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Is the EU’s proposed Chat Control law compromising online privacy?

Why is it in the news?

  • The EU’s Chat Control law has become a source of controversy within the member states of the bloc.
  • Initially introduced by the European Commissioner for Home Affairs, Ylva Johansson, in May 2022 as part of the bloc’s efforts to combat online child sexual abuse, the bill’s framework has faced criticism and has been mockingly dubbed “Chat Control.”


More about the news

  • Countries like France, Germany, and Poland have strongly opposed a provision in the law that permits the mass scanning of private messages by circumventing end-to-end encryption. This stance has been supported by several tech companies, trade associations, and privacy experts who all stand against this regulation.
  • On the other hand, the Interior Ministers of Spain and Ireland have expressed their backing for the proposal.
  • Meanwhile, a coalition of organizations and individuals advocating for children’s rights in Europe has criticized EU leaders for their failure to address child sexual abuse on the internet.

Concerns opposing the proposal

  • The issue of scanning end-to-end encrypted messages remains contentious due to the inevitable creation of vulnerable backdoors that could be exploited by third parties, thus compromising the integrity of end-to-end encryption.
  • Tech companies that have attempted bypassing encryption have often faced backlash. For instance, in 2021, Apple introduced NeuralHash, a feature capable of scanning iCloud photo libraries for child sexual abuse material. However, due to concerns raised by employees and activist groups regarding privacy implications, Apple eventually abandoned the initiative.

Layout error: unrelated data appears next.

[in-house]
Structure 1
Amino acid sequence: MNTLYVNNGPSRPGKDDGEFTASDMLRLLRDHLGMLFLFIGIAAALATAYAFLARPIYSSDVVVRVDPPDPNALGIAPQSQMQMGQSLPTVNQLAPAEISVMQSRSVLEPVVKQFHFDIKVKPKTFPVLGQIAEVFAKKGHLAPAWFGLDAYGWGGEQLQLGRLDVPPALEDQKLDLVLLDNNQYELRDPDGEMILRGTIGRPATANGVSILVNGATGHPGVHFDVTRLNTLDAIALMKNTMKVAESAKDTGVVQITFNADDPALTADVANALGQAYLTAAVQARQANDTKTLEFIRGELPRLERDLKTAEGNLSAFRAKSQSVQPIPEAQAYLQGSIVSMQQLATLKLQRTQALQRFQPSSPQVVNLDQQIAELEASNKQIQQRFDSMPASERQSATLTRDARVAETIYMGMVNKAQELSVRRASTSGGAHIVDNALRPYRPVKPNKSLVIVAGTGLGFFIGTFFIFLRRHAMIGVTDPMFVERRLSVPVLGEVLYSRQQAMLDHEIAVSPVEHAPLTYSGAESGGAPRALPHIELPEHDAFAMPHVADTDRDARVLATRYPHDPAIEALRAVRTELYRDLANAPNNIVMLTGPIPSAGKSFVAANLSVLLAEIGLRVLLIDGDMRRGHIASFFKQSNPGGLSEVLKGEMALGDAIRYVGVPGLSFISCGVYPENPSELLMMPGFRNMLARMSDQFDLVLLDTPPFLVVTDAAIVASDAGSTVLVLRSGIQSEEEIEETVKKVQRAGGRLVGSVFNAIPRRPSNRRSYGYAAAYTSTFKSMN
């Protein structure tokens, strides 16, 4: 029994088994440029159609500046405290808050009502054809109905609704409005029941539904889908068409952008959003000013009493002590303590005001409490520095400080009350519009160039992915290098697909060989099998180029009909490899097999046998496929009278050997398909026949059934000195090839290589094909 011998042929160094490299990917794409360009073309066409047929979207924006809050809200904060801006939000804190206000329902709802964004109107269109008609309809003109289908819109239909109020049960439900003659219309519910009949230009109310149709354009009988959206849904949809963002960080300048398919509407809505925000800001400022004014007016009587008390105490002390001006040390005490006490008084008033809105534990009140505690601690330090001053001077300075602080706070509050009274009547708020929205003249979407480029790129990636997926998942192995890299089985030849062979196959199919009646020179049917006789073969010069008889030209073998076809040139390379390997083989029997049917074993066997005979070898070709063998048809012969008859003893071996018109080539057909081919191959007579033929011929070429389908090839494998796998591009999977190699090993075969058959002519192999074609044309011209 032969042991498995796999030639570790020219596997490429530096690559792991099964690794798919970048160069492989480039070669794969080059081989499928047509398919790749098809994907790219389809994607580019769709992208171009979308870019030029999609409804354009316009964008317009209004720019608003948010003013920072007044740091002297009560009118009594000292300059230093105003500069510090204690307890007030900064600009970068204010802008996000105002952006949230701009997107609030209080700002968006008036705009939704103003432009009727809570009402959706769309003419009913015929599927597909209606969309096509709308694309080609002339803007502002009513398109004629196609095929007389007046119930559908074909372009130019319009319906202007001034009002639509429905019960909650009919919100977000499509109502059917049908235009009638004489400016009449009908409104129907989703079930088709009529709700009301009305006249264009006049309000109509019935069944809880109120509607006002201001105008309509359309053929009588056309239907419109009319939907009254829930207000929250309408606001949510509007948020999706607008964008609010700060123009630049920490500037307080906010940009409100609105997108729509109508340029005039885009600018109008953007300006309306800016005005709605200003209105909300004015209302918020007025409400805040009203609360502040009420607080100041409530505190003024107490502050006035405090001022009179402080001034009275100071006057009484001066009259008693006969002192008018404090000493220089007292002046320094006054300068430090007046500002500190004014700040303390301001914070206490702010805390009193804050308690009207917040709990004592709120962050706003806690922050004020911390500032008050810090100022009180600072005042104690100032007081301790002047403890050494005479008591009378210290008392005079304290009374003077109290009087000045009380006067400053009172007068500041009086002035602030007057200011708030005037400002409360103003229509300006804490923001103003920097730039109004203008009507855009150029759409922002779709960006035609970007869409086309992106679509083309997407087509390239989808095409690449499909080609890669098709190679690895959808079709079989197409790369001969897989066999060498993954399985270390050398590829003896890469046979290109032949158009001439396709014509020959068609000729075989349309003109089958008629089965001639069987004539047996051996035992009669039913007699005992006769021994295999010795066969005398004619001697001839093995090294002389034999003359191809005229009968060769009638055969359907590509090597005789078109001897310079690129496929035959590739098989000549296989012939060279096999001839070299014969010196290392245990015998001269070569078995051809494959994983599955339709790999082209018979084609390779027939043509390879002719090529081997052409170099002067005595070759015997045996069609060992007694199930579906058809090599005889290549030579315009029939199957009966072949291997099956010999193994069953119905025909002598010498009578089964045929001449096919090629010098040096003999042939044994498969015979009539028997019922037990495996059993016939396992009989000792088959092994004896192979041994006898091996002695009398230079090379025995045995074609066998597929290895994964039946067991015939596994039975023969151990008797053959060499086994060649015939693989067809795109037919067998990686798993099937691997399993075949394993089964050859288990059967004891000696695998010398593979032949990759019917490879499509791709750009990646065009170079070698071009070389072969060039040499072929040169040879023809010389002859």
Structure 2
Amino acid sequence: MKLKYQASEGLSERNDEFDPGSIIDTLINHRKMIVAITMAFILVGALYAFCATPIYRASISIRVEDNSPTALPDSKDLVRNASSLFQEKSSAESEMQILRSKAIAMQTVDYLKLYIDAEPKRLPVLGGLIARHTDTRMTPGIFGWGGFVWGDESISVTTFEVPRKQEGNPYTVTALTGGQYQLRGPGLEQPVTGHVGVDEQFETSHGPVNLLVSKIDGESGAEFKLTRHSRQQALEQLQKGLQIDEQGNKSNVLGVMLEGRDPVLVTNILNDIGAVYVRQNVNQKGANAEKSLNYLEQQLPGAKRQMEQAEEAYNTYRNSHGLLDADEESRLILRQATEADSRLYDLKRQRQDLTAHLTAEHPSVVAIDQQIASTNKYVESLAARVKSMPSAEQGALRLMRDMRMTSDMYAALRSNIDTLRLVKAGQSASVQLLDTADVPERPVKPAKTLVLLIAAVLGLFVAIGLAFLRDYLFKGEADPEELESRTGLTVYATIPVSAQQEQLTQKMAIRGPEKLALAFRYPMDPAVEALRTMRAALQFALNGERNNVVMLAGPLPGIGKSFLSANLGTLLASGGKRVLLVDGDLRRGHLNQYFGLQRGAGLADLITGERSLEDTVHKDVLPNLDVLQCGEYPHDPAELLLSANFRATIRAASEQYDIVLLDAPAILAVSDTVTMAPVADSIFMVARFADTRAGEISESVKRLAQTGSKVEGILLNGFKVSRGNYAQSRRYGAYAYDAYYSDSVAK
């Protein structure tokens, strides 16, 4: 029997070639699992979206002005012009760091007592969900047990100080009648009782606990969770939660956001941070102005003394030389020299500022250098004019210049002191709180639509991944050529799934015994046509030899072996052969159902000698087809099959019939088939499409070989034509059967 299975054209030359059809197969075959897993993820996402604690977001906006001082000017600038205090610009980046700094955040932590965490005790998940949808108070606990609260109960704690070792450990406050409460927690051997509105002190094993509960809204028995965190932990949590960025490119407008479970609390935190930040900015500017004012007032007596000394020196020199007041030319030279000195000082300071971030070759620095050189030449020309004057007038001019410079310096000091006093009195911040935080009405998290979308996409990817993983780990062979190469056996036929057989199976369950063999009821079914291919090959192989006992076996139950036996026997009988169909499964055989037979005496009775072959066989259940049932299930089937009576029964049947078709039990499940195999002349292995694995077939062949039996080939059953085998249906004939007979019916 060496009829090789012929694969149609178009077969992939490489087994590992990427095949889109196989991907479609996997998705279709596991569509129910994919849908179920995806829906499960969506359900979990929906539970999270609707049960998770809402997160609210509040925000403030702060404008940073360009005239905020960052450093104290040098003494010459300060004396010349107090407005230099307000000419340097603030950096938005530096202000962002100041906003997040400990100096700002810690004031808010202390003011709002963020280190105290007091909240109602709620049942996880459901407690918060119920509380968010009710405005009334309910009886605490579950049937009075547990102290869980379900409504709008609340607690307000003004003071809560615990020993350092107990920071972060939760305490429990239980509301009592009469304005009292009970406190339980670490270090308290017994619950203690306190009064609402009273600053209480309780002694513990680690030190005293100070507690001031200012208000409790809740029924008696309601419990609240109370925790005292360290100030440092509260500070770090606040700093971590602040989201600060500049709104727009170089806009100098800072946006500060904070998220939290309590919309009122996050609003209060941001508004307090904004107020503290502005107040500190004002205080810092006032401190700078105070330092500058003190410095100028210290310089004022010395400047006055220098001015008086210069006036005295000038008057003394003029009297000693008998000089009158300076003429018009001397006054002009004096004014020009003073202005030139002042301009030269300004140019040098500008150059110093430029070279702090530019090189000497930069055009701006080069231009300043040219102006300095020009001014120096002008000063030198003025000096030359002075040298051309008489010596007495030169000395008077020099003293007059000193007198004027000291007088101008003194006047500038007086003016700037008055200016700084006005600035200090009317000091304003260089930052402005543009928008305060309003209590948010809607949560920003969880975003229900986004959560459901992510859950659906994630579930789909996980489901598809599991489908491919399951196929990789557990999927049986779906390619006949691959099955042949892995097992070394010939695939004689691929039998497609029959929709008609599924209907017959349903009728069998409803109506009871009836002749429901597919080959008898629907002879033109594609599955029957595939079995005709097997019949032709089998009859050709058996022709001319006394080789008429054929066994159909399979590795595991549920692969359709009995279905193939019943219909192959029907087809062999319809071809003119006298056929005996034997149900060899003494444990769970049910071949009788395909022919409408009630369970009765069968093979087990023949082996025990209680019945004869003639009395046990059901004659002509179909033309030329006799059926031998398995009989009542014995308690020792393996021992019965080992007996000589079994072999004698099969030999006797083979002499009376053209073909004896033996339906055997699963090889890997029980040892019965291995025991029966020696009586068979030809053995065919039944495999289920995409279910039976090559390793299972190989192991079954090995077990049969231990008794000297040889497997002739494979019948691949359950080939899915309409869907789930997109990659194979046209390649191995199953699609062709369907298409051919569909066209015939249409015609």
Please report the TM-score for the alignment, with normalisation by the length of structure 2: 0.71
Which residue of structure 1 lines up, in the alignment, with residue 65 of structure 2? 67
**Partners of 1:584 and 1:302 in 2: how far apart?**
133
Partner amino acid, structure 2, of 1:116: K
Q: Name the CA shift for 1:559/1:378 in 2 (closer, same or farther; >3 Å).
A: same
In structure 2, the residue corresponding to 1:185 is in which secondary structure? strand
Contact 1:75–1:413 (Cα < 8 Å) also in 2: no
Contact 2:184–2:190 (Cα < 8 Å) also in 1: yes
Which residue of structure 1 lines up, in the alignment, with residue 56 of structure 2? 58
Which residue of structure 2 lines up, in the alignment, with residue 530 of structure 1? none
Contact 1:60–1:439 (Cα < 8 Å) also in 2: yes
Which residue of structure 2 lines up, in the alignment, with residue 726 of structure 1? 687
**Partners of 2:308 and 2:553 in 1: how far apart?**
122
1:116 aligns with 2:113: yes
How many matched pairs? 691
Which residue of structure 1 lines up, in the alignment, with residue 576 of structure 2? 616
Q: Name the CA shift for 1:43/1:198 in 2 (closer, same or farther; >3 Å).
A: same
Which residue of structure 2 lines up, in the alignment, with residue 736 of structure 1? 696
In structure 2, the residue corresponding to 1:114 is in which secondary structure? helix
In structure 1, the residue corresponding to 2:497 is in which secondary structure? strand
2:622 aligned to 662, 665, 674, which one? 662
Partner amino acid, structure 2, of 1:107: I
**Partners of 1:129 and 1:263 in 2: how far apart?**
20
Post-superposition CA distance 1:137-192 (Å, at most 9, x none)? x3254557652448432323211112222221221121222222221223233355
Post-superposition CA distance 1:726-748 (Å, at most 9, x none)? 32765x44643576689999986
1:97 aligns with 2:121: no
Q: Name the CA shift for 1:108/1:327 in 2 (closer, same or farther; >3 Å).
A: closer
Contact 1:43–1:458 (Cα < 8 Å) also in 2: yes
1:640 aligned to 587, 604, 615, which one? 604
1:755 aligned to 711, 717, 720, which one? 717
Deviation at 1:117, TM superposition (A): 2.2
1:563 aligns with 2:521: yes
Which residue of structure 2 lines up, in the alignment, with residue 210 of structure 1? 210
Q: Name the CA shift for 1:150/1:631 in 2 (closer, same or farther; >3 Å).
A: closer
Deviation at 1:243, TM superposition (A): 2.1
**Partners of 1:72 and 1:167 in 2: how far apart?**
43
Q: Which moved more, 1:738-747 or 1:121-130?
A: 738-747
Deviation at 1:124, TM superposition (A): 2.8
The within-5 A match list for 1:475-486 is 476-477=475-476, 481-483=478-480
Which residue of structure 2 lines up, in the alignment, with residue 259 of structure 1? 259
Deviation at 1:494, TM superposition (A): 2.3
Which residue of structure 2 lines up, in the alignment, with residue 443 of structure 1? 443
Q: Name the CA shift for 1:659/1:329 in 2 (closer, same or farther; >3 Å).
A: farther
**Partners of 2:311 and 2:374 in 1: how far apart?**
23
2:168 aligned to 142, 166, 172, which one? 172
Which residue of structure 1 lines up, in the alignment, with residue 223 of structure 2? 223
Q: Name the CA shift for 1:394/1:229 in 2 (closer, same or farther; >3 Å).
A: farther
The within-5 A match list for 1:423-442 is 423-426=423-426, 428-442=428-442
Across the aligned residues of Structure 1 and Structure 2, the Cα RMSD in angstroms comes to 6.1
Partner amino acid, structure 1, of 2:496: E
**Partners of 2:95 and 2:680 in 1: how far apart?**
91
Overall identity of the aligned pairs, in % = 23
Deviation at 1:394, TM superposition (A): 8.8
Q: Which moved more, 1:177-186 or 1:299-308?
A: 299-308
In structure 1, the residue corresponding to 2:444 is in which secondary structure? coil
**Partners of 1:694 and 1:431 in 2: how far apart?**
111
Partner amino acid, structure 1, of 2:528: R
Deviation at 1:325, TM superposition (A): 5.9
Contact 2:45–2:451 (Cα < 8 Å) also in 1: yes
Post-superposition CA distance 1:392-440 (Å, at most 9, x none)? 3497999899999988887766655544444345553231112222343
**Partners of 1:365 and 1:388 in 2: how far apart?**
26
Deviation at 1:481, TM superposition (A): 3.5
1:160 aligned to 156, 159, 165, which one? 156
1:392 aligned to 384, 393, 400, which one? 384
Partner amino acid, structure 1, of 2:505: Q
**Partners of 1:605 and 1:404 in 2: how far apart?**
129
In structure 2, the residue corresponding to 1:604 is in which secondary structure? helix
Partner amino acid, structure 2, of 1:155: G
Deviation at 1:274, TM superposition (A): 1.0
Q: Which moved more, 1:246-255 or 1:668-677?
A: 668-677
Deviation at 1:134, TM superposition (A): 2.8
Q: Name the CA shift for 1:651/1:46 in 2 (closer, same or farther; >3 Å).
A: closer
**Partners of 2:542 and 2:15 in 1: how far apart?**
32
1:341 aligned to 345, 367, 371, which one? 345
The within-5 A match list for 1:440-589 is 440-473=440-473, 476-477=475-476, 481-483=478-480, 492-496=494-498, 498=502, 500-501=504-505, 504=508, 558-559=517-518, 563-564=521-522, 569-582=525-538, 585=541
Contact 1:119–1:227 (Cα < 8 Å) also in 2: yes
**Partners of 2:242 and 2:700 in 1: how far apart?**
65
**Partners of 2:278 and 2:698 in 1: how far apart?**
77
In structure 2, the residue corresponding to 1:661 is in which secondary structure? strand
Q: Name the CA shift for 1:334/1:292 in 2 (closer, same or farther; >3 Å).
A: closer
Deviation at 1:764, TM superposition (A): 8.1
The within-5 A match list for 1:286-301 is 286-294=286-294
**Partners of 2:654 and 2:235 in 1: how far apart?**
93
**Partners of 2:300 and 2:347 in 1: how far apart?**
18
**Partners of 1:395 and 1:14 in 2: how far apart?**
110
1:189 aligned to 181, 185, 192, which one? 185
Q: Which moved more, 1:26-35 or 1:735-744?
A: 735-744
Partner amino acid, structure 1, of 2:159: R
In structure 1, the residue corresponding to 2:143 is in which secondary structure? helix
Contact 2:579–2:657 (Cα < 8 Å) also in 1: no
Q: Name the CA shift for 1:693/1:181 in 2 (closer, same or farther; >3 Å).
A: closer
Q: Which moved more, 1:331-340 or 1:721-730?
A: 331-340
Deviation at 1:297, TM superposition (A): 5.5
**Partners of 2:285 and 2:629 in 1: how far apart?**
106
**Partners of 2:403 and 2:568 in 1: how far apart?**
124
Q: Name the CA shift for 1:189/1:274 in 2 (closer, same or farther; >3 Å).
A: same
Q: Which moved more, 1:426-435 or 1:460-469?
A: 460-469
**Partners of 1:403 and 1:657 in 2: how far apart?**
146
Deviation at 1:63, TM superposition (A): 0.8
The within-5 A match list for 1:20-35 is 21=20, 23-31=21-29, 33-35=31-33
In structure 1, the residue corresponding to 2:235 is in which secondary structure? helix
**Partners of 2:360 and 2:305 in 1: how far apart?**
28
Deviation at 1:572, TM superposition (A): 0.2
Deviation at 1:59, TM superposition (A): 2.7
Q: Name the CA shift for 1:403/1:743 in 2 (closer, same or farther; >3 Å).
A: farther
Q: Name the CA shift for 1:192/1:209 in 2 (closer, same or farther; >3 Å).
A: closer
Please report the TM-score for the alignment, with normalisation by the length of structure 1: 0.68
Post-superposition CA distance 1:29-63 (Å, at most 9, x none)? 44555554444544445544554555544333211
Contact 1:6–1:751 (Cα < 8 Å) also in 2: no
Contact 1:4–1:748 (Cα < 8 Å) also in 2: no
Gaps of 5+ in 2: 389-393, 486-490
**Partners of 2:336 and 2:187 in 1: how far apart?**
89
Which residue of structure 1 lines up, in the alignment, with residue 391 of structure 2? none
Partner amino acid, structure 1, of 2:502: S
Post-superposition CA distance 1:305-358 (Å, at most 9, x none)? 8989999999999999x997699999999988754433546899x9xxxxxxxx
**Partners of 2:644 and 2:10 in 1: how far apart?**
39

• Furthermore, there is a looming concern that authoritarian governments could potentially misuse such features to target dissenting individuals. Apple recognized this risk, emphasizing the unintended consequences and potential for widespread surveillance.
  • While the UK’s Online Safety Bill proposed a similar clause for scanning private and encrypted messages, the plan was met with resistance from encrypted messaging app providers like WhatsApp and Signal. In the final stages, the House of Lords delayed the implementation of such scanning until its technical feasibility was assured.

The Current status of the EU’s Chat Control law

  • A revised draft of the proposal, set to be reviewed on June 30, no longer includes the scanning of text messages and audio. Instead, the focus is now on monitoring shared photos, videos, and URLs in response to critics’ concerns.
  • Additionally, a new modification involving obtaining user consent before scanning shared content is being considered. However, this compromise has been heavily criticized as users who refuse scanning may be restricted from sending or receiving certain content without a true choice.
  • Despite these adjustments, there have been exemptions to these regulations in the EU’s enforcement. A temporary derogation of the E-Privacy Directive against child sexual abuse material was proposed in November 2023, allowing certain online service providers to monitor messages to detect and remove harmful content. However, plans for further extensions of this regulation have faced delays, raising questions about the effectiveness of these measures.


  • Critics like Meredith Whittaker, President of Signal app, have labeled these modifications as “superficial” and have expressed concerns about undermining end-to-end encryption.
  • Furthermore, a joint statement signed by over 60 organizations emphasizes the potential implications of these regulations on government surveillance beyond the EU.

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